provided for herein, it is understood that the College has no responsibility or liability to continue paying your compensation to you after the date this agreement is terminated and your employment with the College has ended. Although Landrum signed each of the annual contracts, he objected to the inclusion of the new provision. On June 19, 2000, Landrum requested in writing that the provision relating to the thirty-day termination notice be stricken from his 2000 employment contract. not agree to this request. On June 29, 2001, the College’s president, William T. Luckey, Jr., sent a letter notifying Landrum that Landrum’s employment would terminate thirty days later. Thirty days later, the College did terminate Landrum’s employment. In response, Landrum filed this action in Adair The College did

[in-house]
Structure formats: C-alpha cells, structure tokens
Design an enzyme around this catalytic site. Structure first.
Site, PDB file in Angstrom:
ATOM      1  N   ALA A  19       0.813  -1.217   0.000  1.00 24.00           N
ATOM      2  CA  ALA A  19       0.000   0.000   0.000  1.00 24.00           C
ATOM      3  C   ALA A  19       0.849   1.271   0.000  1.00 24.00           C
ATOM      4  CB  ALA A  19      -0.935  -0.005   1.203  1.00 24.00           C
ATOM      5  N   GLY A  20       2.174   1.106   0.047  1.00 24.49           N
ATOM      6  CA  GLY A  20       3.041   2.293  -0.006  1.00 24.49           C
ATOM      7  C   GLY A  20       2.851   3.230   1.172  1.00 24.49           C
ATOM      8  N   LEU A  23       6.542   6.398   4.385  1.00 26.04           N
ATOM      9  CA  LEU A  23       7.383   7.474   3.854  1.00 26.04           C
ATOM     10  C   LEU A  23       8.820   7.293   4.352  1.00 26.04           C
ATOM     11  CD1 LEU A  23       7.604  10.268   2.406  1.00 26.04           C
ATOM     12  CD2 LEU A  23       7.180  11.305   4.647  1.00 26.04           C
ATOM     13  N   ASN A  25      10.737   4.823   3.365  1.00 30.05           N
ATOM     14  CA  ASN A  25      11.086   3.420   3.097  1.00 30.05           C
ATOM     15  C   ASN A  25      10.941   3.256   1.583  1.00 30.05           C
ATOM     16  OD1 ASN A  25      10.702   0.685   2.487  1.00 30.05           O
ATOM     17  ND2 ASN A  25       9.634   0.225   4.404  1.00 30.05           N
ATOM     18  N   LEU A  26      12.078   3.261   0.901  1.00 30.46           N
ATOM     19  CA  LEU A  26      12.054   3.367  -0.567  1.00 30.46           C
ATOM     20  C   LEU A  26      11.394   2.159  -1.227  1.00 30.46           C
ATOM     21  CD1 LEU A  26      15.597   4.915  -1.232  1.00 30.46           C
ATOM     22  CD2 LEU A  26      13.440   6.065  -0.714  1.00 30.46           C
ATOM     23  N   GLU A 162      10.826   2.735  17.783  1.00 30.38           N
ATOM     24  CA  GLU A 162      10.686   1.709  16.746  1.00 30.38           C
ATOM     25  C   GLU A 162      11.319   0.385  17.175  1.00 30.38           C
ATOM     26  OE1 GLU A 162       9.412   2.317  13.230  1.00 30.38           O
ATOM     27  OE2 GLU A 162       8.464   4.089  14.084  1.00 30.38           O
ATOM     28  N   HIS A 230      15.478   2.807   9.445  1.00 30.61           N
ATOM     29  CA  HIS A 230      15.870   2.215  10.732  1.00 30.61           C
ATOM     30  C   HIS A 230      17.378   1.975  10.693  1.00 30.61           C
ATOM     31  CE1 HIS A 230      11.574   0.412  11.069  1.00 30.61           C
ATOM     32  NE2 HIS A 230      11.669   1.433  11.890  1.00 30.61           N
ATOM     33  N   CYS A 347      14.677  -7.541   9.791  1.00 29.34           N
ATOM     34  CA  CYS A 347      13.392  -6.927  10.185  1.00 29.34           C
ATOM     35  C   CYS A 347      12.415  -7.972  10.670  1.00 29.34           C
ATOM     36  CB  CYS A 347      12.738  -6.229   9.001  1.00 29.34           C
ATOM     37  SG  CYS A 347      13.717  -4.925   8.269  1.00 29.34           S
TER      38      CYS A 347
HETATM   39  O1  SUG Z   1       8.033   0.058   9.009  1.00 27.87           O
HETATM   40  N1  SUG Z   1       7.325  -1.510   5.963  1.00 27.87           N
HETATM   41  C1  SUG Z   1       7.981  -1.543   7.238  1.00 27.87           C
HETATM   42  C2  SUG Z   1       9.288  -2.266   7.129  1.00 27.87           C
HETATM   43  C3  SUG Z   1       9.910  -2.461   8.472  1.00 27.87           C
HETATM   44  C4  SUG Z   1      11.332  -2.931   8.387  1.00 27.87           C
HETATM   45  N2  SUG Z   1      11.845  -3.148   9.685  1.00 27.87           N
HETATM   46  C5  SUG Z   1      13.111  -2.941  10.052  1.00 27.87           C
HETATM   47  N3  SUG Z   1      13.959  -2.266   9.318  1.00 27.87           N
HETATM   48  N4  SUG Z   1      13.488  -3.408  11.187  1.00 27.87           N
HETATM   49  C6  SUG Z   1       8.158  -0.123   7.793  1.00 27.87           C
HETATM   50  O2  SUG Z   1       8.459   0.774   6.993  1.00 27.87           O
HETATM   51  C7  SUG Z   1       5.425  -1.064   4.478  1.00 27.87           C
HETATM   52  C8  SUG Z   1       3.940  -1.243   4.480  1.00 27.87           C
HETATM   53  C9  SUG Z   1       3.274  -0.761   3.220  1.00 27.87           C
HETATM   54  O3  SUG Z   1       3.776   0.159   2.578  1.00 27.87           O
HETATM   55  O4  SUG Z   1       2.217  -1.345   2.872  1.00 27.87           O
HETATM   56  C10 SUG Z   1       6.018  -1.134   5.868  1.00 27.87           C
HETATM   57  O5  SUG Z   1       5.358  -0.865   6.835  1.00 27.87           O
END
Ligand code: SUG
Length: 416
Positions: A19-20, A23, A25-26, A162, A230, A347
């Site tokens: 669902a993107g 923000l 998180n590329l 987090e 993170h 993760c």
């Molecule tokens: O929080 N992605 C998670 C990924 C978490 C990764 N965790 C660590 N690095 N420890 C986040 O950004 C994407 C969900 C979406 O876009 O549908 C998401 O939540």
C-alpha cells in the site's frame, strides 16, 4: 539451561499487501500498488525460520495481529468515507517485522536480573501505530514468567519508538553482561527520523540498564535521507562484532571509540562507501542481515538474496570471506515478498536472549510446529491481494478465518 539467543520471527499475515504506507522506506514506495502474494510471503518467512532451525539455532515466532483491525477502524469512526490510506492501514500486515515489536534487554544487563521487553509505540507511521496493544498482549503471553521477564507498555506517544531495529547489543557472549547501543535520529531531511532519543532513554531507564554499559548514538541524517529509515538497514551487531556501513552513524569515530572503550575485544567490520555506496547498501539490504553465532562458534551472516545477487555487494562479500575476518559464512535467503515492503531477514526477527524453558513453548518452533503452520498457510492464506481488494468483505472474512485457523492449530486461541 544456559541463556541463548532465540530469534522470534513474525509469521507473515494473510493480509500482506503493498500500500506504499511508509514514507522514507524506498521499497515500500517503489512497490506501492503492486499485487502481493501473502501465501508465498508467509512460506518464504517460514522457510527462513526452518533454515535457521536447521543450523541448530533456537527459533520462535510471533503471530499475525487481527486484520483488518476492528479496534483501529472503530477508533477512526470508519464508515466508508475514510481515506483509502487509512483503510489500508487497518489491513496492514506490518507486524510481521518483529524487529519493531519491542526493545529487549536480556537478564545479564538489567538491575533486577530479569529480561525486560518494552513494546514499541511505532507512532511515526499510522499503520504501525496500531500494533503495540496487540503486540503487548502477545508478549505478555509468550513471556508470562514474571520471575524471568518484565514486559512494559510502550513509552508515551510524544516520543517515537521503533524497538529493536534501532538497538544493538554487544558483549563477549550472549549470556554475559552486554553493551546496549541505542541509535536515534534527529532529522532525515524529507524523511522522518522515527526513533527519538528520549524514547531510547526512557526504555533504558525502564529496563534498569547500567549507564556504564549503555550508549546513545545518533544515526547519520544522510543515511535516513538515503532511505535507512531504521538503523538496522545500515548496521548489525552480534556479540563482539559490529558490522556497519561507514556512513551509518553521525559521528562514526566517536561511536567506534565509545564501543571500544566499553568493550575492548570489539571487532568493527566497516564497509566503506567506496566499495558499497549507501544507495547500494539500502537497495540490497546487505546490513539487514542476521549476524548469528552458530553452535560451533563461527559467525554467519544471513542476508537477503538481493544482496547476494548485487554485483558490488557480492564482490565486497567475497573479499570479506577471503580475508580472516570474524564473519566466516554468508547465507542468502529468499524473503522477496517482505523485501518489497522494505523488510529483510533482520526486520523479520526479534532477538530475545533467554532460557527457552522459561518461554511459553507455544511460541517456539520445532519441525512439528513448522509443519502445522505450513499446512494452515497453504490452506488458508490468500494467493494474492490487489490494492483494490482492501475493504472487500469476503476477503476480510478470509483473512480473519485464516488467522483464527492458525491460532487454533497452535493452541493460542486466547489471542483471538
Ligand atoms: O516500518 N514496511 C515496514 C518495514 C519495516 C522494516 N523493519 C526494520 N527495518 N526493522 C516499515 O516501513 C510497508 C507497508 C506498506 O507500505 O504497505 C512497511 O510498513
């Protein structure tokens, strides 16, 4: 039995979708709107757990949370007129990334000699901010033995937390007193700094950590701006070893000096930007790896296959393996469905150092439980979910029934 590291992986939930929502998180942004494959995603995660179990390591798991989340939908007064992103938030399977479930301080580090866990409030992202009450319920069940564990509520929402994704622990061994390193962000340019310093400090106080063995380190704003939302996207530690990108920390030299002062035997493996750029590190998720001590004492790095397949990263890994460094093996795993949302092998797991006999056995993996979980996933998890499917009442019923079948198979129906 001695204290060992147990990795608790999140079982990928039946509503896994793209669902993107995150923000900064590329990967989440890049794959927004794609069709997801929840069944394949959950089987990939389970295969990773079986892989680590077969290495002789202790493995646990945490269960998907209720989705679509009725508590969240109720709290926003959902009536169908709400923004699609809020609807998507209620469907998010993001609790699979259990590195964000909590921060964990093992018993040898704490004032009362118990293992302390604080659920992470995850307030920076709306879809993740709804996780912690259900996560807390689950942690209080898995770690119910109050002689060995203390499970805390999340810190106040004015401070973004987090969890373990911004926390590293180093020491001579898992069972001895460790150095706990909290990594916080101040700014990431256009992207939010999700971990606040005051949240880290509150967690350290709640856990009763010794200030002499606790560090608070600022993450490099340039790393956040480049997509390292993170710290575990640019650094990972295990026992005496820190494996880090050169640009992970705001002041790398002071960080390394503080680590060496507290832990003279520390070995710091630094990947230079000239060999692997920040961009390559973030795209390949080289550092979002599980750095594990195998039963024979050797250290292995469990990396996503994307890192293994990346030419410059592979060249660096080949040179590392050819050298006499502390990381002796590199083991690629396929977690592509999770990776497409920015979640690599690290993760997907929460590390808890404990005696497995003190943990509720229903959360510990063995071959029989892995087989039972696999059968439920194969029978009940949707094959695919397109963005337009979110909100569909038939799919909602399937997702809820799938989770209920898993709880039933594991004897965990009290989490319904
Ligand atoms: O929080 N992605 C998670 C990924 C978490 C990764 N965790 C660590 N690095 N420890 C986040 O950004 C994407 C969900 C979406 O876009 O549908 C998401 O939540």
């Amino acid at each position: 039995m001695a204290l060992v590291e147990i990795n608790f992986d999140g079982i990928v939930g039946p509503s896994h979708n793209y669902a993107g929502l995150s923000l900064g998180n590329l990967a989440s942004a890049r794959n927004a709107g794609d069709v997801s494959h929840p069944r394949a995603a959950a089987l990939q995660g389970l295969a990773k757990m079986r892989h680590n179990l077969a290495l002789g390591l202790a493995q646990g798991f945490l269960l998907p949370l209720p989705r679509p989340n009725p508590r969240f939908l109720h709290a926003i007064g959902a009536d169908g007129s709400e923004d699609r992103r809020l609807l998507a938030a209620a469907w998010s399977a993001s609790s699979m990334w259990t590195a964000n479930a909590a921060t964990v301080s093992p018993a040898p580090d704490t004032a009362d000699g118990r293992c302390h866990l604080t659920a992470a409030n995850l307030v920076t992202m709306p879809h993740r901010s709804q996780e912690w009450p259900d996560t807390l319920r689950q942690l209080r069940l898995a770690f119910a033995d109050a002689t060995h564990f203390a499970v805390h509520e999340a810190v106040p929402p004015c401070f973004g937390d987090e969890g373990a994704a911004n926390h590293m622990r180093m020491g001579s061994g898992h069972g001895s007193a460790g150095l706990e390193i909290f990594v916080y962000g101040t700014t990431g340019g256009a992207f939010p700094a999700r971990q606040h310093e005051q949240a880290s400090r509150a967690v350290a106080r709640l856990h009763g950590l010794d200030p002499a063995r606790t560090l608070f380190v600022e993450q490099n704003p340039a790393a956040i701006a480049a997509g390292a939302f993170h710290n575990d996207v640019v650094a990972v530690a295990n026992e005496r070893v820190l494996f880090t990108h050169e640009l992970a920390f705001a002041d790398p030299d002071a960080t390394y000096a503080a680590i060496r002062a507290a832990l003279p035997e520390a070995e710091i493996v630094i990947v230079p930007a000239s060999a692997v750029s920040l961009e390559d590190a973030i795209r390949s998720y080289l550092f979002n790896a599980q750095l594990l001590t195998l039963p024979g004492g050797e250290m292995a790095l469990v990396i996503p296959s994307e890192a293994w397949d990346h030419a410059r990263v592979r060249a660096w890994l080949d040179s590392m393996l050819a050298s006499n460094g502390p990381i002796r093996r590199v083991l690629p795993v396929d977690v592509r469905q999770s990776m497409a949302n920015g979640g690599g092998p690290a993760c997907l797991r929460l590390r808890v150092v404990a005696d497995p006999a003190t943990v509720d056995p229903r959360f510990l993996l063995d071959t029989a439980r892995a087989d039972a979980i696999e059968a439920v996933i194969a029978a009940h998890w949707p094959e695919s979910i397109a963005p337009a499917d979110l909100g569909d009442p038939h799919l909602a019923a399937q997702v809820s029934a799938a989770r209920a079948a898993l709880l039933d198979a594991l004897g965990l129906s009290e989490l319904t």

Circuit Court, seeking damages for breach of contract and wrongful termination. Landrum also sought an injunction In an order entered
requiring the College to reinstate him.
on August 20, 2001, the trial court denied Landrum’s motion for a preliminary injunction. Following a period of discovery, the College filed a motion for summary judgment, arguing that the thirty-day notice provision in the contract allowed it to terminate Landrum’s employment with or without cause. The College also
asserted that Landrum had engaged in conduct which justified its decision to terminate his employment.2 In an order
entered on March 1, 2003, the trial court granted the College’s motion for summary judgment. This appeal followed.